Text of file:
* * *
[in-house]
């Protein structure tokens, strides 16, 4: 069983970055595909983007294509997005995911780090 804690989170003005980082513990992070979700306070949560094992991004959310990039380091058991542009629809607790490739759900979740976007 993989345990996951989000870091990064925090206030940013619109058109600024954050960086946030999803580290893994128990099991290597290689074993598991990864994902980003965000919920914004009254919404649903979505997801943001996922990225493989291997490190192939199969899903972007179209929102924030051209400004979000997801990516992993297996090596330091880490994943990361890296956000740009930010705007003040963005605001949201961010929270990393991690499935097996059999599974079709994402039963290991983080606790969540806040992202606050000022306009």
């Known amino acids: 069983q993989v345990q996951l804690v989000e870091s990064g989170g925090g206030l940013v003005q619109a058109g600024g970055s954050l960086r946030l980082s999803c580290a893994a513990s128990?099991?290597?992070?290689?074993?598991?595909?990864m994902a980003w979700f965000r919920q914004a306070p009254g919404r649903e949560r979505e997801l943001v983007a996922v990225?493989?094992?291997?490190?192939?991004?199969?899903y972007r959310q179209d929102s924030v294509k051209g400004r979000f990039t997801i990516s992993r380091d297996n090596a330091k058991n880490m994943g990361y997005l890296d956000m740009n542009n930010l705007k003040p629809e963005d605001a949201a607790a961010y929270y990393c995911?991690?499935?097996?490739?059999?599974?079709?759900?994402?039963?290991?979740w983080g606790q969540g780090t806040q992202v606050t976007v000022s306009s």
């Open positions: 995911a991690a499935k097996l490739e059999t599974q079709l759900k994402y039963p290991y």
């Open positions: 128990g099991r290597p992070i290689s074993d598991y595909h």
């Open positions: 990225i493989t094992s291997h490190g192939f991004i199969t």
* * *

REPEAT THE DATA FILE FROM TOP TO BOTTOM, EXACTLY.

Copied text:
[in-house]
């Protein structure tokens, strides 16, 4: 069983970055595909983007294509997005995911780090 804690989170003005980082513990992070979700306070949560094992991004959310990039380091058991542009629809607790490739759900979740976007 993989345990996951989000870091990064925090206030940013619109058109600024954050960086946030999803580290893994128990099991290597290689074993598991990864994902980003965000919920914004009254919404649903979505997801943001996922990225493989291997490190192939199969899903972007179209929102924030051209400004979000997801990516992993297996090596330091880490994943990361890296956000740009930010705007003040963005605001949201961010929270990393991690499935097996059999599974079709994402039963290991983080606790969540806040992202606050000022306009």
């Known amino acids: 069983q993989v345990q996951l804690v989000e870091s990064g989170g925090g206030l940013v003005q619109a058109g600024g970055s954050l960086r946030l980082s999803c580290a893994a513990s128990?099991?290597?992070?290689?074993?598991?595909?990864m994902a980003w979700f965000r919920q914004a306070p009254g919404r649903e949560r979505e997801l943001v983007a996922v990225?493989?094992?291997?490190?192939?991004?199969?899903y972007r959310q179209d929102s924030v294509k051209g400004r979000f990039t997801i990516s992993r380091d297996n090596a330091k058991n880490m994943g990361y997005l890296d956000m740009n542009n930010l705007k003040p629809e963005d605001a949201a607790a961010y929270y990393c995911?991690?499935?097996?490739?059999?599974?079709?759900?994402?039963?290991?979740w983080g606790q969540g780090t806040q992202v606050t976007v000022s306009s």
């Open positions: 995911a991690a499935k097996l490739e059999t599974q079709l759900k994402y039963p290991y």
């Open positions: 128990g099991r290597p992070i290689s074993d598991y595909h």
């Open positions: 990225i493989t094992s291997h490190g192939f991004i199969t």